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Verschure states his Distributed Adaptive Control (DAC) provides a solution to the symbol grounding problem.

The state spaces in the formal definition of Verschure's DAC already seems to comprise symbols.

The model proposed by Heinrich et al. builds upon the one by Hinoshita et al. It adds visual input and thus shows how learning of language may not only be grounded in perception of verbal utterances, but also in visual perception.

The fact that the brain regions activated by (hearing, reading...) certain words correspond to the categories the words belong to (action words for motor areas etc.) suggests semantic grounding in perception and action.

Words from some categories do not activate brain regions which are related to their meaning. The semantics of those words do not seem to be grounded in perception or action. Pulvermüller calls such categories and their neural representations disembodied.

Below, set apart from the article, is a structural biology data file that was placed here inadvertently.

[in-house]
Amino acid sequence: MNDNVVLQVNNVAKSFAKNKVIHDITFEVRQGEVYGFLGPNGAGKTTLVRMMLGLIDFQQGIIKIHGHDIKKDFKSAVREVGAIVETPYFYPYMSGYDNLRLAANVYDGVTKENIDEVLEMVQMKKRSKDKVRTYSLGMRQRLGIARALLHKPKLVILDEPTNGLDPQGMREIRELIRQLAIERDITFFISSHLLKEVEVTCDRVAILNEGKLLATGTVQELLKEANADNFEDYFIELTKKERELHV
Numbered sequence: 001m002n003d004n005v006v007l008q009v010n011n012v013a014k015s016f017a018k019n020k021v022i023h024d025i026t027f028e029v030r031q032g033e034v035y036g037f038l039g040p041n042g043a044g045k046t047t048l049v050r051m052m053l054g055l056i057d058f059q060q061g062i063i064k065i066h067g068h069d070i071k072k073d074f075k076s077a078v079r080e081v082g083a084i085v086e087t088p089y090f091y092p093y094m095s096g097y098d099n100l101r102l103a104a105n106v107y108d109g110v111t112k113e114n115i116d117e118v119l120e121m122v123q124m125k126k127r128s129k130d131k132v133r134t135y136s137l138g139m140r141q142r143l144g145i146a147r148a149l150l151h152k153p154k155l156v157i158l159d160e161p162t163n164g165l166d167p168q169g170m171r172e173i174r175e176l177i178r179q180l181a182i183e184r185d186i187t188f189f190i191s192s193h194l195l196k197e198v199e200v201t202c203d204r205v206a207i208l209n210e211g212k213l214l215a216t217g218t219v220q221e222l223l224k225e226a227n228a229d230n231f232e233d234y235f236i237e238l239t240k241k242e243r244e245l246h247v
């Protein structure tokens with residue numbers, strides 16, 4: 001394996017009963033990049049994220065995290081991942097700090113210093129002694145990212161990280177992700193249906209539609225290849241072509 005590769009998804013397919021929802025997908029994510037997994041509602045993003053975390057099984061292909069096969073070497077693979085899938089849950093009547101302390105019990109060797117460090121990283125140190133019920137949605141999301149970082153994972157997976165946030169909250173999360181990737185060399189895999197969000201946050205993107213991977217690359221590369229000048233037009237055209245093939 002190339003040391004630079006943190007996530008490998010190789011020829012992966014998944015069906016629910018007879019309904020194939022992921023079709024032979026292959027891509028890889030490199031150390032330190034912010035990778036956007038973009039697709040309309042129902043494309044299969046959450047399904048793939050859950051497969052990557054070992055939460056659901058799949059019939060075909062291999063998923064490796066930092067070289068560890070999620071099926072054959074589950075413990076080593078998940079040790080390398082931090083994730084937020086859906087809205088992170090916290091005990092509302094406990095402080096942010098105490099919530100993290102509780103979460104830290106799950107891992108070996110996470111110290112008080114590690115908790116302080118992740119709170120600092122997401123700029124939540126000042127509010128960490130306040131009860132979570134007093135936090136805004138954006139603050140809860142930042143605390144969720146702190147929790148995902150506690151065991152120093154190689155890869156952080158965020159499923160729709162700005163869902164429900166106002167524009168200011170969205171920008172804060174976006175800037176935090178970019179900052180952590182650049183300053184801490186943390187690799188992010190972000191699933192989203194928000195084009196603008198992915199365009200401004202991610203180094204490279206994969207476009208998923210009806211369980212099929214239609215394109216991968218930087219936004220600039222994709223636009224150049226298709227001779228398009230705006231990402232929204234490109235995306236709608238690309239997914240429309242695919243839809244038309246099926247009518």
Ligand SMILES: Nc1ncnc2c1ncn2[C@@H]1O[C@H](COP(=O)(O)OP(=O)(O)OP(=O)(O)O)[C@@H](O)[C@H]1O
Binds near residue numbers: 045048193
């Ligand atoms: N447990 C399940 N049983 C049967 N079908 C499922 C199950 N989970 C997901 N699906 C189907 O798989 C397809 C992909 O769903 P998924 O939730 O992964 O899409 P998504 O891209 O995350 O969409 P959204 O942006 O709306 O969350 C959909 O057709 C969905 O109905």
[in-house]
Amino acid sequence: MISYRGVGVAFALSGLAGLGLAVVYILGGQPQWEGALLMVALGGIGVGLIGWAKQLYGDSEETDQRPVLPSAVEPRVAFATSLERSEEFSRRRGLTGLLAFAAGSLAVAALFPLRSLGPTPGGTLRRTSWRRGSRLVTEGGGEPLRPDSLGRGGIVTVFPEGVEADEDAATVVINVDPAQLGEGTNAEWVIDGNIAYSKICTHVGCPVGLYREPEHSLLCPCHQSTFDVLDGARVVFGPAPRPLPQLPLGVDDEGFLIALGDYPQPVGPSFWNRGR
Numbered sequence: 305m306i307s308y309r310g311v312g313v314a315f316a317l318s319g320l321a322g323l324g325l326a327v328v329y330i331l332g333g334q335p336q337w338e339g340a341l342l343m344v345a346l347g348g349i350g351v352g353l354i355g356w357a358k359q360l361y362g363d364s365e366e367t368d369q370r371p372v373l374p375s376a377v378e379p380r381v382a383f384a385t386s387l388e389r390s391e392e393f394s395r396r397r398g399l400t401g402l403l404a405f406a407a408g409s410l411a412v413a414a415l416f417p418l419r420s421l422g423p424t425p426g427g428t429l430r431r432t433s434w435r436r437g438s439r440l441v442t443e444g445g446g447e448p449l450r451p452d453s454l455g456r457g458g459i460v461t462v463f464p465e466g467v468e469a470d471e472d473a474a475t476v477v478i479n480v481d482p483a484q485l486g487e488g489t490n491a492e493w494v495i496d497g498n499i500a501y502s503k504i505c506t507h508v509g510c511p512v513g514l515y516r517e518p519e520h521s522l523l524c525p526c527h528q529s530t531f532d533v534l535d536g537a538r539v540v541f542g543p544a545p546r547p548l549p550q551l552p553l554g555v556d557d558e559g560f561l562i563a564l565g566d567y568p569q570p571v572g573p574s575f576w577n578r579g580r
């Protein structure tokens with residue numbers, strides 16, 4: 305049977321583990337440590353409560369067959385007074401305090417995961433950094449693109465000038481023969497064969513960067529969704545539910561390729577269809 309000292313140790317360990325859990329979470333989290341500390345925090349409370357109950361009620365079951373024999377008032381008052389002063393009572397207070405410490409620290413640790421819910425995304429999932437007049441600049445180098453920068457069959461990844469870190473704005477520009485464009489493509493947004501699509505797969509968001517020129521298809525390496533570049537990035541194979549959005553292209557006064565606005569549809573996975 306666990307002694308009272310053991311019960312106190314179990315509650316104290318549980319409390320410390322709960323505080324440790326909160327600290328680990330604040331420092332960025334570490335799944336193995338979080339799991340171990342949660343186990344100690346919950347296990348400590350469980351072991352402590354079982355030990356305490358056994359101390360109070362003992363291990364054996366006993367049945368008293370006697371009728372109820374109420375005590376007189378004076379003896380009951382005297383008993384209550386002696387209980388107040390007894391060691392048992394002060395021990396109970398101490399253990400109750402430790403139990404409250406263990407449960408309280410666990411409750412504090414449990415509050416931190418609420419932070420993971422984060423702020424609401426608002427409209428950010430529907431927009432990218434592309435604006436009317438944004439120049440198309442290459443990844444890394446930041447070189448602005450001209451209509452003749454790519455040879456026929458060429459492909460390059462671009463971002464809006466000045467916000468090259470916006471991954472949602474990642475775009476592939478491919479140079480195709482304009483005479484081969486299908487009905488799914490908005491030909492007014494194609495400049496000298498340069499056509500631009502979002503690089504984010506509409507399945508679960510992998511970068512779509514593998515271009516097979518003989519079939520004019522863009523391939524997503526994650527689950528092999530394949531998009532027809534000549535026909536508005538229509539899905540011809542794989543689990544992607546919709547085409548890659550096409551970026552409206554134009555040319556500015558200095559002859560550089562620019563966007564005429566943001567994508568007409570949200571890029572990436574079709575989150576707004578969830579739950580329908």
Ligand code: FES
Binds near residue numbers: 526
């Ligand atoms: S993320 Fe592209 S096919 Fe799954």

Some abstract, disembodied words seem to activate areas in the brain related to emotional processing. These words may be grounded in emotion.

It seems that the representations of words can be more or less modal ie. words may be more or less abstract and thus more or less grounded in sensory, motor, or emotional areas.

Embodied grounding can come not only from sensory but also from perception of internal states.

De Kamps and van der Velde argue for combinatorial productivity and systematicity as fundamental concepts for cognitive representations. They introduce a neural blackboard architecture which implements these principles for visual processing and in particular for object-based attention.